WEEKLY RESIDENTIAL MARKET UPDATE
Industry & Market Highlights
CMHC releases Sept. housing starts data
The annual pace of Canadian housing starts fell to their lowest level in nearly two years in September.
Canada Mortgage and Housing Corp. says the seasonally adjusted annual rate came in at 188,683 units last month, down from 198,843 in August.
Thomson Reuters Eikon says economists had expected an annual rate of 210,000 for September.
September marks the third straight monthly decline.
The slowdown in the pace of housing starts comes amid rising interest rates from the Bank of Canada, and more restrictive mortgage rules.
“The September housing starts report fits with the relative calm and return to normality in sales, market balance and price growth that we are seeing across most of the country this year, in particular Toronto, following speculative excesses in Southern Ontario earlier last year and a moderate correction in response to policy measures earlier this year,” wrote Sal Guatieri, a senior economist with BMO Capital Markets, in a note.
“Demand continues to be supported by the fastest population growth in 27 years and new millennial-led households. A calmer housing market is just what the doctor ordered, and won’t discourage the Bank of Canada from raising rates on Oct. 24.”
CMHC says the pace of urban starts fell by 5.9 per cent to 175,653 units. The slowdown was dragged down by an 8.9 per cent drop to 122,656 units in urban multiple-unit projects such as condos, apartments and townhouses. Single-detached urban starts increased by two per cent to 52,997.
Rural starts were estimated at a seasonally adjusted annual rate of 13,030 units, while the six-month moving average of the monthly seasonally adjusted annual rates was 207,768 for September, down from 213,966 in August.
British Columbia led the declines with a drop of 43.3 per cent due to stiffer mortgage rules and growing lack of affordability, particularly in the Greater Vancouver area. Alberta also saw a drop of 34.8 per cent, amid a weakening in the oil-producing economies.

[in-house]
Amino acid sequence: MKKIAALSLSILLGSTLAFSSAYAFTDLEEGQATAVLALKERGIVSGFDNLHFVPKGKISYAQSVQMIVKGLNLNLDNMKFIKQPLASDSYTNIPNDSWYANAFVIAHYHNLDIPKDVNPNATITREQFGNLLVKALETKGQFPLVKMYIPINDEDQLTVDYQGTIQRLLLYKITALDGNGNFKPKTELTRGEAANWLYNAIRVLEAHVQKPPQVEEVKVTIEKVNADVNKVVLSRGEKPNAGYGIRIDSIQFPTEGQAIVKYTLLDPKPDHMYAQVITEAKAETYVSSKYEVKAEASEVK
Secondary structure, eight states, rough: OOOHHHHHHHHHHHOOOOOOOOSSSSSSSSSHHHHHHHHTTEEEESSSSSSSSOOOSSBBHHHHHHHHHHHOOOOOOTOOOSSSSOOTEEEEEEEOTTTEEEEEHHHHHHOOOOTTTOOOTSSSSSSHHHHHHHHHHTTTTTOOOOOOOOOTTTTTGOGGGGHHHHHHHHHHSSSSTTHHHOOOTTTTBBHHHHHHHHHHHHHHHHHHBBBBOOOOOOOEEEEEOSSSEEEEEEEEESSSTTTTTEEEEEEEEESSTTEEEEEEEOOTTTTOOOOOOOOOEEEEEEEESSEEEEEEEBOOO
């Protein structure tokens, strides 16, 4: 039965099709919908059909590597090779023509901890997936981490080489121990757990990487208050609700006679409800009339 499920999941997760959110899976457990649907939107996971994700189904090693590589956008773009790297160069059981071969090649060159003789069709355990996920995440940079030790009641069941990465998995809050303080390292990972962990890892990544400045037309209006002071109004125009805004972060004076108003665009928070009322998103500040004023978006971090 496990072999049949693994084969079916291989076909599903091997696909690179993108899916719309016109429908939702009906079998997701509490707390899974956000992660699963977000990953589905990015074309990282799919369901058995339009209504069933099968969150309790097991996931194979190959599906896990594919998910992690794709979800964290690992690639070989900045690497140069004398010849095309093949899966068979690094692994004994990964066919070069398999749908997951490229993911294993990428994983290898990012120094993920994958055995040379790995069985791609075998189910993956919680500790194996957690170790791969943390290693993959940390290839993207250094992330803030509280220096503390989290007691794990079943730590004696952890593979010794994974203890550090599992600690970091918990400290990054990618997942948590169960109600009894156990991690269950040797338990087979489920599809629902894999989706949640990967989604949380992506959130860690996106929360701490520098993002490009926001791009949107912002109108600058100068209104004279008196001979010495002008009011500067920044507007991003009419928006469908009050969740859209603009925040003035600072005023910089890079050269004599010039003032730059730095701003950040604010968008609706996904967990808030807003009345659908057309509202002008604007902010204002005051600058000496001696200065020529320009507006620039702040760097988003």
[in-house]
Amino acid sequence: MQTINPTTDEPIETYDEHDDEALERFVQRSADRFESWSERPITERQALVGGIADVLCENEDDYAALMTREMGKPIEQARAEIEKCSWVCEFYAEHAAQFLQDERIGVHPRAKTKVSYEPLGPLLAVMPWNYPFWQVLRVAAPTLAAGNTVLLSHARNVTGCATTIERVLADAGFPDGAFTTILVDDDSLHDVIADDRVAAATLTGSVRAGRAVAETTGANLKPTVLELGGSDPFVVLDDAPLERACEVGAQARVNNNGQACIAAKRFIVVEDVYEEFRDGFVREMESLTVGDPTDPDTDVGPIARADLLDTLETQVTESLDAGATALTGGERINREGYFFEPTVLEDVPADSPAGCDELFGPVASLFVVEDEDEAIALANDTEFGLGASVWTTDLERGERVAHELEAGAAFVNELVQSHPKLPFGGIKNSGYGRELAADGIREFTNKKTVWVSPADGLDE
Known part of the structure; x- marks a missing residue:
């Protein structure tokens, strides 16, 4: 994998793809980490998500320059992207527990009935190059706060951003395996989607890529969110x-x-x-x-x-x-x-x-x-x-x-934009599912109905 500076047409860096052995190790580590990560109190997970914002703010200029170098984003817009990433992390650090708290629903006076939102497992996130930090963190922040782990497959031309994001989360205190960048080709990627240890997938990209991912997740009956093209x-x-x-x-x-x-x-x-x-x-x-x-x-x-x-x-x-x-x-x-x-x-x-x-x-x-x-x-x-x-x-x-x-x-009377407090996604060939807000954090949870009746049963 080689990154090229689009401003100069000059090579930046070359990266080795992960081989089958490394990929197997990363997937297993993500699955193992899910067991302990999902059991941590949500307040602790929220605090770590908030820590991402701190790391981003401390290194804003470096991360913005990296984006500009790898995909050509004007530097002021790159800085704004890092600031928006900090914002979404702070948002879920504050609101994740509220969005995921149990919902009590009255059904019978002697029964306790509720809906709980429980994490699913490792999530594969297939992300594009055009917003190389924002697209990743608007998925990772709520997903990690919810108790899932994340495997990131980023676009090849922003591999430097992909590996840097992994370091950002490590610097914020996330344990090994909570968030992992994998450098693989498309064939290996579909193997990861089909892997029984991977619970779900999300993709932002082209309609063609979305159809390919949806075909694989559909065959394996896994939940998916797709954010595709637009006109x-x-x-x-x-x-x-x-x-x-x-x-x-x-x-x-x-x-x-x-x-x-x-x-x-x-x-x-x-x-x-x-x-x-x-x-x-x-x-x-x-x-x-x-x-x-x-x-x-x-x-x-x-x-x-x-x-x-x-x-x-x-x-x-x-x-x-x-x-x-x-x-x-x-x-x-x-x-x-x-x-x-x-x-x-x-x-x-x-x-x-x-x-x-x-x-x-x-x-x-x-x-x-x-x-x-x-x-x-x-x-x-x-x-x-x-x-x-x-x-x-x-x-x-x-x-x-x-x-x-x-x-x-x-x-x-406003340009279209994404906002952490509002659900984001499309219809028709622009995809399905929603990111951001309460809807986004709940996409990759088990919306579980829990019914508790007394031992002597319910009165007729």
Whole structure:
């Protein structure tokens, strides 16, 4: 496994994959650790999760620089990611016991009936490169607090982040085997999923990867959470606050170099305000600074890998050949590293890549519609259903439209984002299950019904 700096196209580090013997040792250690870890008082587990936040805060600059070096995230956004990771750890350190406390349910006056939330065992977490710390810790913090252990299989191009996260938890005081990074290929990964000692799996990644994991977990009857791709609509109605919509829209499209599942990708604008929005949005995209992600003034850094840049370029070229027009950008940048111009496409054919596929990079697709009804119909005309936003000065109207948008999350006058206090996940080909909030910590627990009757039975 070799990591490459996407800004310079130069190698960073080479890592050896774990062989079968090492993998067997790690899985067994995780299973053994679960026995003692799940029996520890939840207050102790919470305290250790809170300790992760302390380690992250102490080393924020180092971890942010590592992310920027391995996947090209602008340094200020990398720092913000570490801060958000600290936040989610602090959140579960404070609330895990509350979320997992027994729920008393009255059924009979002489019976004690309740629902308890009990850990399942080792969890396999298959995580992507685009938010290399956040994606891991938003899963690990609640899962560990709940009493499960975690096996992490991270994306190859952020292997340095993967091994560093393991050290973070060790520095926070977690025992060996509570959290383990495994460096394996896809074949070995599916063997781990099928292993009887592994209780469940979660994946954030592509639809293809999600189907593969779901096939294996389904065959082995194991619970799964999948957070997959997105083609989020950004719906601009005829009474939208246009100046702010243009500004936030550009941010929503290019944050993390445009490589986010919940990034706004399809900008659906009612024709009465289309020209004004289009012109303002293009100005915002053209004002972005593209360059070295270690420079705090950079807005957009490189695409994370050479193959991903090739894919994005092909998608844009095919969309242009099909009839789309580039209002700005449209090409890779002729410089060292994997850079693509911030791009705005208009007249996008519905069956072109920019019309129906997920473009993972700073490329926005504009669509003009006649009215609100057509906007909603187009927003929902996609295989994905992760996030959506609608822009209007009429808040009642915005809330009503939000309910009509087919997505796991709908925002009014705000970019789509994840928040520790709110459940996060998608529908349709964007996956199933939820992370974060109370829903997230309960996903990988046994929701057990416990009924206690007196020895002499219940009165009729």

Meanwhile, Ontario housing starts increased 21.3 per cent, led by Toronto condos and Quebec was up 15.4 per cent. By The Canadian Press.
First-time homebuyers are maxed out, but confident
Canadians are not holding back when it comes to buying their first home. The annual mortgage consumer study by Canada Mortgage and Housing Corporation finds that 85% of first-time buyers are maxing-out their home-buying budgets.
The CMHC study indicates that affordability is the most important factor for both first-timers and repeat buyers, ahead of things like the condition of the home, the neighbourhood and distance to work.
More than half of recent homebuyers say other key concerns include unforeseen costs, paying too much for their property and rising interest rates. Still, 76% of first-time buyers are confident they will be able to meet their mortgage payments. Sixty percent of first-time buyers and 69% of repeat buyers claim to have sufficient assets, such as investments or other properties, which they could use to fund their mortgage if they needed to.